Frances Hodgkins

Corfe Castle Village, c.1945

Watercolour and gouache, 44 x 60 cm
Signed Frances Hodgkins lower left Titled on mount No. 2 Corfe Castle and To Corfe Castle Titled verso No. 2 Corfe Castle Village

To A. J. McNeill Reid, 20th December 1934; from F.H., Highlands, Corfe Castle, Dorset.

‘I was feeling very much under the weather both physically & otherwise but have picked up wonderfully since coming here and am now doing quite good work under the spell of the place & general atmosphere of calm & simplicity . . .’

Frances Hodgkins first moved from London to Corfe Castle in 1934. Corfe Castle is situated on the Isle of Purbeck, in Dorset, and is a historic site known primarily for the ancient castle ruins that sit on top of a hill immediately behind the village. Hodgkins relocated to Corfe Castle in an attempt to take ‘refuge’ in the countryside and to reconnect with her friend from St Ives, the potter Amy Krauss. Hodgkins would return to the village regularly and in 1936 she set up a small studio, in a converted Wesleyan chapel in West Street.

Hodgkins eventually made Corfe Castle her permanent home in 1940 when she could no longer travel back and forth to Europe. She believed that Corfe was the place for quiet ones. Living in Corfe Castle gave her the opportunity to work 'moderately hard, moderately successful in a landscape of steep valleys speedy rivers & castles looking like their own mountains.'

A selection of Hodgkins’s works was included in the British Council exhibition in Paris in 1945, Quelques Contemporains Anglais, to celebrate the liberation of France. Corfe Castle was not always idyllically peaceful. With the outbreak of the Second World War (1939-1945), England’s coastline was severely battered by enemy fire and nightly German air raids. Hodgkins was greatly affected by the stress of war conditions and the continual heavy military traffic through Corfe Castle to the coastal defences and army camps around the Isle of Purbeck and the highly secret radar establishment at Worth Matravers, eventually caused the roof of her studio to collapse. She wrote; the planes overhead bringing back wounded from Normandy have scared all art out me.

A key part of her work during this period was the continued influence of French art and the increase of a neoromantic tendency in her work. The present painting,Corfe Castle Village was inspired by the local landscape around her cottage and studio. Painted in gouache in predominantly greens and blues, with dashes of bright yellow, Hodgkins makes a play on that recurring theme in her late works: the still-life combined with a landscape view. Here however, she blends architectural features into the local landscape so that roofs of houses are seen just peeking out from the scrubby hillside terrain.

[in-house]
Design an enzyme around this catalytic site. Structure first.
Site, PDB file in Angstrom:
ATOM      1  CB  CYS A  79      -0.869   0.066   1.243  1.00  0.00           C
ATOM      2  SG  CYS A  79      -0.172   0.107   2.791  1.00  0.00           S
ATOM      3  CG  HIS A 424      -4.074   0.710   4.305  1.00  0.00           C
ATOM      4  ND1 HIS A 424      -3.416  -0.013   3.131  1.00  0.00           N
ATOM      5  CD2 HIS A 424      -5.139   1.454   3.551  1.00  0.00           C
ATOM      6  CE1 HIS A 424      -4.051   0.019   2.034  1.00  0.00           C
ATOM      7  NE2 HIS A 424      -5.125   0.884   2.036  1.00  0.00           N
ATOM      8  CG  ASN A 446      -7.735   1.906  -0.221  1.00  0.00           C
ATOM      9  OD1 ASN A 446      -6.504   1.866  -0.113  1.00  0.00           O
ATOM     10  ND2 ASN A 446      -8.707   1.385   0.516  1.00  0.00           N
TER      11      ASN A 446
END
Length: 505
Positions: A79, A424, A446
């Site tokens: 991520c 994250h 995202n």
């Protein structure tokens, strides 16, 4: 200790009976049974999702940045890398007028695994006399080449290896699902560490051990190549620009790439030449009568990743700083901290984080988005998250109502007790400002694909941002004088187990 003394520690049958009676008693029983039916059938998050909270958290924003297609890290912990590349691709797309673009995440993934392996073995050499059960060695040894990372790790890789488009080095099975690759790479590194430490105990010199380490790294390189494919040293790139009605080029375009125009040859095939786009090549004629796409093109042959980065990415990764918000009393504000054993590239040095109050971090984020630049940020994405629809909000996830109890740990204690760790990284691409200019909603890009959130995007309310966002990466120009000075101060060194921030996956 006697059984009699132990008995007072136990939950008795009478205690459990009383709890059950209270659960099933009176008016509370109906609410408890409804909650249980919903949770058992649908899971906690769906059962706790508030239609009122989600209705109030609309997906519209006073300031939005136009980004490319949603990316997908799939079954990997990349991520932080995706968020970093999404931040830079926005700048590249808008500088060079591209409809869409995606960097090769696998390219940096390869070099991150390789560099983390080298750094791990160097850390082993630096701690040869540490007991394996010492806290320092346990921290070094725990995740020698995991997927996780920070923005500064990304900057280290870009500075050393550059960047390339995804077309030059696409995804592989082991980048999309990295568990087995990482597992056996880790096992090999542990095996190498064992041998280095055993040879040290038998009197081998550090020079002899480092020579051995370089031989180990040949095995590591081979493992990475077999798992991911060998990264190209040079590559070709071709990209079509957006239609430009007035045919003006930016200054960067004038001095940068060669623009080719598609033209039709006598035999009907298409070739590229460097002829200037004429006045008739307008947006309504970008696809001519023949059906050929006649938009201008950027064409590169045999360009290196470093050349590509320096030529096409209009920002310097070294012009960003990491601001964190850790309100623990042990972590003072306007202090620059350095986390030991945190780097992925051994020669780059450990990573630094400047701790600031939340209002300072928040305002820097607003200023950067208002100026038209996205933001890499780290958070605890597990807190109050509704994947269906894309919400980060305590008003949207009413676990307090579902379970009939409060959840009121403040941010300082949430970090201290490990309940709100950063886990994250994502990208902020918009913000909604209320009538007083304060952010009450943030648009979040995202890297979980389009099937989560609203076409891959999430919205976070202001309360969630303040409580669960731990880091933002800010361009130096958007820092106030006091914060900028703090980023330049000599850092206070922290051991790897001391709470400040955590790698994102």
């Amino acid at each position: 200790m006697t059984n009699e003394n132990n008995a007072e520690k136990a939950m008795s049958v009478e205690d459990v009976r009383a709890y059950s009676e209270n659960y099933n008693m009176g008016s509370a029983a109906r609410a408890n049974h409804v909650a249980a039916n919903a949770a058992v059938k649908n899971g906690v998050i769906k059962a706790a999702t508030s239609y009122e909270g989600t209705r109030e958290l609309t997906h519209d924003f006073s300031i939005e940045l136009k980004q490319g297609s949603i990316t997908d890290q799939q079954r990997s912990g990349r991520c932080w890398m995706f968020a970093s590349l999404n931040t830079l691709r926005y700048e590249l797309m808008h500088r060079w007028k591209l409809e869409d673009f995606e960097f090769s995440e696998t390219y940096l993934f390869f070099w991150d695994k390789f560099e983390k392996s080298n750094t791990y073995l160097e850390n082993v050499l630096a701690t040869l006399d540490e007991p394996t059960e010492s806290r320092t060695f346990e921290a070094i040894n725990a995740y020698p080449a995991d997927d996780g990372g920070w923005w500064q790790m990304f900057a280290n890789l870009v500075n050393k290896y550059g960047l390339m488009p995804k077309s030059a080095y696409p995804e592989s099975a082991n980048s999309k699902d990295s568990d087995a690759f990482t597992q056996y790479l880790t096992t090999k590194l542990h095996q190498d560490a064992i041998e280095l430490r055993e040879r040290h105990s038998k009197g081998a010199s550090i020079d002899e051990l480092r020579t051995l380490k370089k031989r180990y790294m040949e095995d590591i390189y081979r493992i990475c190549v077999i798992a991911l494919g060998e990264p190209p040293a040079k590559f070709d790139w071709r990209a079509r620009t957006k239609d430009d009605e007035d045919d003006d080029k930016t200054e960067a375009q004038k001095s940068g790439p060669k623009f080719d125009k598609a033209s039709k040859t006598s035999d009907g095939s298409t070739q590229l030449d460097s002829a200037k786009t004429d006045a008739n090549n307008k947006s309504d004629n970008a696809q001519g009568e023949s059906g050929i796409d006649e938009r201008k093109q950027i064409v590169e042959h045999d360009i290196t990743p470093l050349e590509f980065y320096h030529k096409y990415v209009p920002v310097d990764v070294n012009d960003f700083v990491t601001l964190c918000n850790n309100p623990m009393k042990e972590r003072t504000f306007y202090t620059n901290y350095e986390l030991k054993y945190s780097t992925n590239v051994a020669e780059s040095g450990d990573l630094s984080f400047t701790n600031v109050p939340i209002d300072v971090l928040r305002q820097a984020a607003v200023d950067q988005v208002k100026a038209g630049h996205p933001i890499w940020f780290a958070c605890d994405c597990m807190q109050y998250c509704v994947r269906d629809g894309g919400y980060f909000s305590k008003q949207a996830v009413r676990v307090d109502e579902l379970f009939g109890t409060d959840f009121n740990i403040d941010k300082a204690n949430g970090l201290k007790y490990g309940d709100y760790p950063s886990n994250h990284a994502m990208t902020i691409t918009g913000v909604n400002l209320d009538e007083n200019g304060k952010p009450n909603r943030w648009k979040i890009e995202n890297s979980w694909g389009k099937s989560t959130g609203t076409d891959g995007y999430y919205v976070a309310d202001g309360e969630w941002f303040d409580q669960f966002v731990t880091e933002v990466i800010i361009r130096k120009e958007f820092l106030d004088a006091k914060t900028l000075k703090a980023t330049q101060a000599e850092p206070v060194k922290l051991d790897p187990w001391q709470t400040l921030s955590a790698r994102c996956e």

The central undulating hill accompanied by a wealth of vegetation that is mapped out in a variety of strokes, produces a painting that is quietly contemplative yet deeply arresting. Corfe Castle village is situated between two gaps in the ridges of the Purbeck hills. The present scene is painted from the Eastern ridge of the Purbeck Hills looking over houses in the Wareham road entrance to the village and across to the rounded edge of the scrub covered Western ridge. The scene of this painting remains virtually unchanged to this day.

Written by Jonathan Gooderham & Richard Wolfe.


London, Leicester Galleries, Artists of Fame and Promise, July - August 1945, No. 145

Auckland, Jonathan Grant Galleries, Frances Hodgkins, The Expatriate Years,April 2012, No. 11


Roger Collins and Iain Buchanan, Frances Hodgkins on Display 1890 – 1950 (Auckland, 2000), p. 84.


Leicester Galleries, London, purchased by Ian Phillips Esq, 1945

Private collection, Nelson. Private collection, U.S.A.